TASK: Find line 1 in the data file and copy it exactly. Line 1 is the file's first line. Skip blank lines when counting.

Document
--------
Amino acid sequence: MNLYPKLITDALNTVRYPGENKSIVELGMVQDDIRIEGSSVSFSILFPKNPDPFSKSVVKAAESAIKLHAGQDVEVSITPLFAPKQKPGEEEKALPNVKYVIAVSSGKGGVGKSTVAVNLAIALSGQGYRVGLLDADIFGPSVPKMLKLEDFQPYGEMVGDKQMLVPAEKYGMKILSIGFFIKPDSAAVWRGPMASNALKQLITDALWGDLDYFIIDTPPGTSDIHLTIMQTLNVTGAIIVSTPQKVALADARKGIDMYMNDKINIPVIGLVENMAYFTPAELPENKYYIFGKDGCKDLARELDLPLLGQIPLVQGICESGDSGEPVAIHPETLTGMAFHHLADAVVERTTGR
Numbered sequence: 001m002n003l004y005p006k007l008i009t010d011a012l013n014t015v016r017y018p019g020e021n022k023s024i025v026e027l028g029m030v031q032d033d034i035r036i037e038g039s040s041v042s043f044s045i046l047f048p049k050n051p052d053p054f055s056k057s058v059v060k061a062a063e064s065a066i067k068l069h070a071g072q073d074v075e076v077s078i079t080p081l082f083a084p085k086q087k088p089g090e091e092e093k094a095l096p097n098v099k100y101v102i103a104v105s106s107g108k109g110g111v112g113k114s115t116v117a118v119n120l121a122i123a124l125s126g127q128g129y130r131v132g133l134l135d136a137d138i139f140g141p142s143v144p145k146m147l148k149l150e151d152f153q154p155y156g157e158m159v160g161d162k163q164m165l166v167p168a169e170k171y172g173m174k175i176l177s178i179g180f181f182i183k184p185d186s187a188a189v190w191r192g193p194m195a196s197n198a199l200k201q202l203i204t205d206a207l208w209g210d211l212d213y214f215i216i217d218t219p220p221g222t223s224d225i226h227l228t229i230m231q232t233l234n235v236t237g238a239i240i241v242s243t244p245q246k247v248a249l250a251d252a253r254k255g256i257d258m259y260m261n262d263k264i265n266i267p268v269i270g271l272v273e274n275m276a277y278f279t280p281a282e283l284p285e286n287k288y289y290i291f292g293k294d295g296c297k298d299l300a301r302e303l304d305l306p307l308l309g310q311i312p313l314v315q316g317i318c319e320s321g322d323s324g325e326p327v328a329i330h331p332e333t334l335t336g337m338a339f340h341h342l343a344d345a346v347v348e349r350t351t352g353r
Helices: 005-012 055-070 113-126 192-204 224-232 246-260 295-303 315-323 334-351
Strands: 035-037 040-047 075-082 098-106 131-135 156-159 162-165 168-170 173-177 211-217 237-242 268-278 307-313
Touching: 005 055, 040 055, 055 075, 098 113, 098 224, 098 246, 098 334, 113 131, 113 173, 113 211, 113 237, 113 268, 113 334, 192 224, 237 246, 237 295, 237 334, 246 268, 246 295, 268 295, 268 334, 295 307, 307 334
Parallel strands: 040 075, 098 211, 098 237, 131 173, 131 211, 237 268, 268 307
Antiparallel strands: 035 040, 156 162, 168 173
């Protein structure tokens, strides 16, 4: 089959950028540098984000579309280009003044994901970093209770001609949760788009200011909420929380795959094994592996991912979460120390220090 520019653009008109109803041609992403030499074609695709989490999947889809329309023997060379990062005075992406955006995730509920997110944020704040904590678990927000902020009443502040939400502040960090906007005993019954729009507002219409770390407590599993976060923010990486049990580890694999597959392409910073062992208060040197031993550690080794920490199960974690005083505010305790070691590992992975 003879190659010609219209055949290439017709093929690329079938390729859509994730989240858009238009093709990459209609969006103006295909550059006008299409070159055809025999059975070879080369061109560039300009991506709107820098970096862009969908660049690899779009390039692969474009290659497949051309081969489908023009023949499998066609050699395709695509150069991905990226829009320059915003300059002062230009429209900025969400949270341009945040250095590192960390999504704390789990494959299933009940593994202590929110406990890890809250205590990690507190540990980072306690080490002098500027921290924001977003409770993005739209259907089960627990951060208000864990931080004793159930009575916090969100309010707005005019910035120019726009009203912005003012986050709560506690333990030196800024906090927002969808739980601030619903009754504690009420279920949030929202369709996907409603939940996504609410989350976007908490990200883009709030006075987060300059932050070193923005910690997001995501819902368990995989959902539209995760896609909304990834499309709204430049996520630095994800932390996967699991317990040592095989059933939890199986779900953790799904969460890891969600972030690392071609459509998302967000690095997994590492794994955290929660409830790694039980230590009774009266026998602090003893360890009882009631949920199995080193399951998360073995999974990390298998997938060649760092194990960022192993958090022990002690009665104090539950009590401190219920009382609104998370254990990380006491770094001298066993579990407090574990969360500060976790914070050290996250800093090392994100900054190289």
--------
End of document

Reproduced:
Amino acid sequence: MNLYPKLITDALNTVRYPGENKSIVELGMVQDDIRIEGSSVSFSILFPKNPDPFSKSVVKAAESAIKLHAGQDVEVSITPLFAPKQKPGEEEKALPNVKYVIAVSSGKGGVGKSTVAVNLAIALSGQGYRVGLLDADIFGPSVPKMLKLEDFQPYGEMVGDKQMLVPAEKYGMKILSIGFFIKPDSAAVWRGPMASNALKQLITDALWGDLDYFIIDTPPGTSDIHLTIMQTLNVTGAIIVSTPQKVALADARKGIDMYMNDKINIPVIGLVENMAYFTPAELPENKYYIFGKDGCKDLARELDLPLLGQIPLVQGICESGDSGEPVAIHPETLTGMAFHHLADAVVERTTGR